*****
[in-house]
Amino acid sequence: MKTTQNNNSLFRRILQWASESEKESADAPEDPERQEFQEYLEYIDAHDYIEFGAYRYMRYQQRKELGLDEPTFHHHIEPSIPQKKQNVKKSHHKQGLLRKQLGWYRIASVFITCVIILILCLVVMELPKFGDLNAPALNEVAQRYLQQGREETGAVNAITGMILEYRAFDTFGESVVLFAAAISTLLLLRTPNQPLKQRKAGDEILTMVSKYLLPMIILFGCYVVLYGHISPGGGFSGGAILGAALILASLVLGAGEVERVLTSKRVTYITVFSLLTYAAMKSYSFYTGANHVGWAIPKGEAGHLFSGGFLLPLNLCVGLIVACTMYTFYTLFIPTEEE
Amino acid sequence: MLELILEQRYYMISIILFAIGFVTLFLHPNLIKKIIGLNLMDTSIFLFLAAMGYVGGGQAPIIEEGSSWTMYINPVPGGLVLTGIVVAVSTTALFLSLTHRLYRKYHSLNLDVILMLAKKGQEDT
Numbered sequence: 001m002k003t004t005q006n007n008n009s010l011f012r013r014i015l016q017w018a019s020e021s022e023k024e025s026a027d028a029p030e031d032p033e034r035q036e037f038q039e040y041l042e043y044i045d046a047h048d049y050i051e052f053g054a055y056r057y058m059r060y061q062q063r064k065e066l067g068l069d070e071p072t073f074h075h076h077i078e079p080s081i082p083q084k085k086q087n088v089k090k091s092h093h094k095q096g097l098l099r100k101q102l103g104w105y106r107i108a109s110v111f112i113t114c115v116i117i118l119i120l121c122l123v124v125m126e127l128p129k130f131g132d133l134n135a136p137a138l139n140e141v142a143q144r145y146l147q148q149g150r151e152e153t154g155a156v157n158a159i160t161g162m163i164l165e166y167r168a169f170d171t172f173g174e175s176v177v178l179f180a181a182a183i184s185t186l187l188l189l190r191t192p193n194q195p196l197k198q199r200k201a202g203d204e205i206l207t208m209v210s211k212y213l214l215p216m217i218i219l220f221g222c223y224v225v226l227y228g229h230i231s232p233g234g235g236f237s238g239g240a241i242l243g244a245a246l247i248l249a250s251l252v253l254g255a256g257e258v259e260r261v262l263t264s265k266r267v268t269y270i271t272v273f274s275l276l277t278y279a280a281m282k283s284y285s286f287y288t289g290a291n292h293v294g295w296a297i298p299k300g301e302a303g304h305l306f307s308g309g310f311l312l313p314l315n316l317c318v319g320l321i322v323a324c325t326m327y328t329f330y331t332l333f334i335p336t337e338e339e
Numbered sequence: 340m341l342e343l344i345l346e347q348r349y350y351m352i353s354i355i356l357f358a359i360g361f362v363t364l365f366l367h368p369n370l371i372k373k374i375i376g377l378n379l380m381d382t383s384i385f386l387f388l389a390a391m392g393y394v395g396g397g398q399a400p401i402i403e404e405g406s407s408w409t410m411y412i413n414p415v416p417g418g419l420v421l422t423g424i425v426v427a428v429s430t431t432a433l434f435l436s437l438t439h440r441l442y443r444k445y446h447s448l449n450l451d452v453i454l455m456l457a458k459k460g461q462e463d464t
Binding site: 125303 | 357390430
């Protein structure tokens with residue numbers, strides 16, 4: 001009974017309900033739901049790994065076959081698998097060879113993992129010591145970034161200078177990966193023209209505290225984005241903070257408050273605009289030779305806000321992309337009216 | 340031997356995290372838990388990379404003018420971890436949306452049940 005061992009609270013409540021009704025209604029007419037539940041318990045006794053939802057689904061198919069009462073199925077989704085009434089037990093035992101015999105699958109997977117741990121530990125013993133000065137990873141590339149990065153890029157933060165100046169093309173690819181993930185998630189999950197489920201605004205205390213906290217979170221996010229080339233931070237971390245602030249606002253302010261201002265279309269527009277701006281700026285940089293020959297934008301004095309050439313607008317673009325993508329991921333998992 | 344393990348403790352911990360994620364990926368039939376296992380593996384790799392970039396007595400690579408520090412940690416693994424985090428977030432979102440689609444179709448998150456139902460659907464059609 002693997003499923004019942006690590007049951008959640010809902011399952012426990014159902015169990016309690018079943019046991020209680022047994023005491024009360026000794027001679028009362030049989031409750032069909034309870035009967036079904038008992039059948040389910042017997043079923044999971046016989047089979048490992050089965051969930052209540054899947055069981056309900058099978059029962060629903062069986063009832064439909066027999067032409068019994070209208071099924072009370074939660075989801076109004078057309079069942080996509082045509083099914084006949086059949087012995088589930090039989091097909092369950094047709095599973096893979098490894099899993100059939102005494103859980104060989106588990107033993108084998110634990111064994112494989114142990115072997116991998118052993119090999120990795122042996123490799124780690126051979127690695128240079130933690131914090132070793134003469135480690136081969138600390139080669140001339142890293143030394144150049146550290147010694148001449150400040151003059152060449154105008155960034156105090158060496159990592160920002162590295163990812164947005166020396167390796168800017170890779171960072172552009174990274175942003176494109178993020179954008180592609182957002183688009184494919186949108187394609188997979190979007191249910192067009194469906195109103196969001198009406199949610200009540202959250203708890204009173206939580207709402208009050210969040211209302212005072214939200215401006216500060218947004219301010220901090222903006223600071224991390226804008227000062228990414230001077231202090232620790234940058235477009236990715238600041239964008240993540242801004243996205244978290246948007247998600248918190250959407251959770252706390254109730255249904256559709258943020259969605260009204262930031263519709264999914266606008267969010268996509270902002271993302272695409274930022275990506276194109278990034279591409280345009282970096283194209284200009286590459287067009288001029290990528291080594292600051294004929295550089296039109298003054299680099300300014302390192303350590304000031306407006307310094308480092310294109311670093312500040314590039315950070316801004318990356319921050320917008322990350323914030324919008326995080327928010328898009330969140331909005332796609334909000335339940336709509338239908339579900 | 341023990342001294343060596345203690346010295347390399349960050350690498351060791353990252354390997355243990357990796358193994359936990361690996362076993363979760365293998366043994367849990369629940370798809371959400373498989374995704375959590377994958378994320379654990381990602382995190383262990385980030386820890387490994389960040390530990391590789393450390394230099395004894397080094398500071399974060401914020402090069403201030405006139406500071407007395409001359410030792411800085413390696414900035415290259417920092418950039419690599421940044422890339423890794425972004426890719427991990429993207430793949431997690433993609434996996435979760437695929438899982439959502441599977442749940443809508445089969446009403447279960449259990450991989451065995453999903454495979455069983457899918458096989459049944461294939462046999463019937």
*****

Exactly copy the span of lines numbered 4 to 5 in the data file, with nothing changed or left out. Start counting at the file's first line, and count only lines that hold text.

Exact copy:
Numbered sequence: 001m002k003t004t005q006n007n008n009s010l011f012r013r014i015l016q017w018a019s020e021s022e023k024e025s026a027d028a029p030e031d032p033e034r035q036e037f038q039e040y041l042e043y044i045d046a047h048d049y050i051e052f053g054a055y056r057y058m059r060y061q062q063r064k065e066l067g068l069d070e071p072t073f074h075h076h077i078e079p080s081i082p083q084k085k086q087n088v089k090k091s092h093h094k095q096g097l098l099r100k101q102l103g104w105y106r107i108a109s110v111f112i113t114c115v116i117i118l119i120l121c122l123v124v125m126e127l128p129k130f131g132d133l134n135a136p137a138l139n140e141v142a143q144r145y146l147q148q149g150r151e152e153t154g155a156v157n158a159i160t161g162m163i164l165e166y167r168a169f170d171t172f173g174e175s176v177v178l179f180a181a182a183i184s185t186l187l188l189l190r191t192p193n194q195p196l197k198q199r200k201a202g203d204e205i206l207t208m209v210s211k212y213l214l215p216m217i218i219l220f221g222c223y224v225v226l227y228g229h230i231s232p233g234g235g236f237s238g239g240a241i242l243g244a245a246l247i248l249a250s251l252v253l254g255a256g257e258v259e260r261v262l263t264s265k266r267v268t269y270i271t272v273f274s275l276l277t278y279a280a281m282k283s284y285s286f287y288t289g290a291n292h293v294g295w296a297i298p299k300g301e302a303g304h305l306f307s308g309g310f311l312l313p314l315n316l317c318v319g320l321i322v323a324c325t326m327y328t329f330y331t332l333f334i335p336t337e338e339e
Numbered sequence: 340m341l342e343l344i345l346e347q348r349y350y351m352i353s354i355i356l357f358a359i360g361f362v363t364l365f366l367h368p369n370l371i372k373k374i375i376g377l378n379l380m381d382t383s384i385f386l387f388l389a390a391m392g393y394v395g396g397g398q399a400p401i402i403e404e405g406s407s408w409t410m411y412i413n414p415v416p417g418g419l420v421l422t423g424i425v426v427a428v429s430t431t432a433l434f435l436s437l438t439h440r441l442y443r444k445y446h447s448l449n450l451d452v453i454l455m456l457a458k459k460g461q462e463d464t